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Swallowtails’ unique, tail-like hindwing extensions make them some of the world’s most beautiful and interesting butterflies. Unfortunately, many of these insects are also imperiled. The Center is determined to gain protection for five of the rarest foreign swallowtail butterfly species on three continents.

In 1994, a Center member petitioned the U.S. Fish and Wildlife Service to list seven swallowtails as threatened or endangered under the Endangered Species Act. After a decade had passed with no action taken, the Center sued to force the Service to respond to the petition, and the agency subsequently determined that five of the seven butterflies warrant listing: the Harris’ mimic, Jamaican kite, Fluminense, Hahnel’s Amazonian, and Kaiser-I-Hind swallowtails. But instead of listing these species under the Act, the Service merely made them listing candidates, granting them no protections. In 2006, we filed a lawsuit to force listings for all five candidate butterflies and as a result, in April 2007, the Service issued an updated finding — which continued to insist that listing for the five butterflies should remain “warranted but precluded.” Despite an additional Center lawsuit in 2008, the agency still hasn’t issued final listing decisions for the swallowtails.

Many of these butterflies are prized by collectors and command high prices on the open market. Protecting them under the Endangered Species Act will prohibit importing specimens into the United States and may also help spread awareness about these butterflies’ plight, leading to conservation activities within their home countries.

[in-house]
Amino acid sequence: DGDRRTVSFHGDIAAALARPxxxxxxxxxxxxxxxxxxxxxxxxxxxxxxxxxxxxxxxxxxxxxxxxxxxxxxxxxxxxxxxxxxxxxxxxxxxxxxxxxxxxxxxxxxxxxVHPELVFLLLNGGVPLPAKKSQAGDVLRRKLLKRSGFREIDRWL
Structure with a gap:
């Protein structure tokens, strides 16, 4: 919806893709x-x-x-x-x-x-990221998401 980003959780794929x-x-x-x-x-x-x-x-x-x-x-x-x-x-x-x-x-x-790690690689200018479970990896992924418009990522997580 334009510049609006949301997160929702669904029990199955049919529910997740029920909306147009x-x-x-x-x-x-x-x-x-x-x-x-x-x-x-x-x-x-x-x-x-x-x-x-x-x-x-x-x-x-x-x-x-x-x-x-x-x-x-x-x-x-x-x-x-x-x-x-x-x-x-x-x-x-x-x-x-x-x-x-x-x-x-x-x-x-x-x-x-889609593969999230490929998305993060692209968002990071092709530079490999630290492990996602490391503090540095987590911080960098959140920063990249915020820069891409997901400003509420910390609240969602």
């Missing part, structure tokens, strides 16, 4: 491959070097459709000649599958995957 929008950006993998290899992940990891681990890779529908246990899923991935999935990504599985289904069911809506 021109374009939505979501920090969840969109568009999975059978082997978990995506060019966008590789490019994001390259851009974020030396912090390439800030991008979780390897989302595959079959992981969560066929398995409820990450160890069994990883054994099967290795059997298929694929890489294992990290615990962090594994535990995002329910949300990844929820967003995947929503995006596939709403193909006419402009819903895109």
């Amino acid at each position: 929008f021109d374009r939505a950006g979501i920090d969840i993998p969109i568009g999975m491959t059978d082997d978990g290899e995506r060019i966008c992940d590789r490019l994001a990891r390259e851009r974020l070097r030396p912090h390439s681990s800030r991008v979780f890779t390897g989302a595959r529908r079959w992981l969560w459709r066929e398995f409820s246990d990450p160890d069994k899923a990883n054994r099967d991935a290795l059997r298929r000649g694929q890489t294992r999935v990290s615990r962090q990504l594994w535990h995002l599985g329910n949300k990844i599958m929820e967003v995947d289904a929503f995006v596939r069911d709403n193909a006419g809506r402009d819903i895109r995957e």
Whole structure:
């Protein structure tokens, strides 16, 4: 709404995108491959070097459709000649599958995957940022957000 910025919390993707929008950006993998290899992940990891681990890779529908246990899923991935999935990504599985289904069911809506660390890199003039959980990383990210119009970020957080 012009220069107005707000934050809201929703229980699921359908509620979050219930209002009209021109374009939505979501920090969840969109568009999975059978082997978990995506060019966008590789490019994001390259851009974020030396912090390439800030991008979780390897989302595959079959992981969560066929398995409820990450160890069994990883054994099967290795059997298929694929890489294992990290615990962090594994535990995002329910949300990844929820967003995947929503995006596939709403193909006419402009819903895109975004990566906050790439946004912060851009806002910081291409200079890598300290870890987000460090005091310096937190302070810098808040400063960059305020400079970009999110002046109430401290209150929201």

The Fluminense swallowtail (Parides ascanius) is jeopardized by the drainage and development of its subcoastal swamp habitat near Rio de Janeiro, Brazil.

The Harris’ mimic swallowtail (Eurytides lysithous harrisianus) has been eliminated by habitat destruction from all but one known site in southeastern Brazil, which itself is now threatened by development.

The Hahnel’s Amazonian swallowtail (Parides hahneli) is restricted to a few areas of sandy riverbank along tributaries of the Amazon in central Brazil and may be threatened by overcollection.

The Jamaican kite (Eurytides marcellinus) is threatened with extinction due to its limited range, restricted distribution of its food plant, and intense agricultural development near Kingston, Jamaica.

The Kaiser-I-Hind (Teinopalpus imperialis imperatrix), a very rare, stunning swallowtail known from Nepal to southern Myanmar, is threatened by overcollection and rapid destruction of the high-elevation forests upon which it depends.

The Oaxacan swallowtail (Papilio esperanza), one of Mexico’s rarest butterflies, is known only from one site in the cloud forest of Oaxaca and is vulnerable to overcollection.

The southern tailed birdwing (Troides [Ornithoptera] meridionalis) is endangered by logging of its natural habitat and the uncontrolled development of plantations in Indonesia and Papua New Guinea.

Photo courtesy of Animal Pictures Archive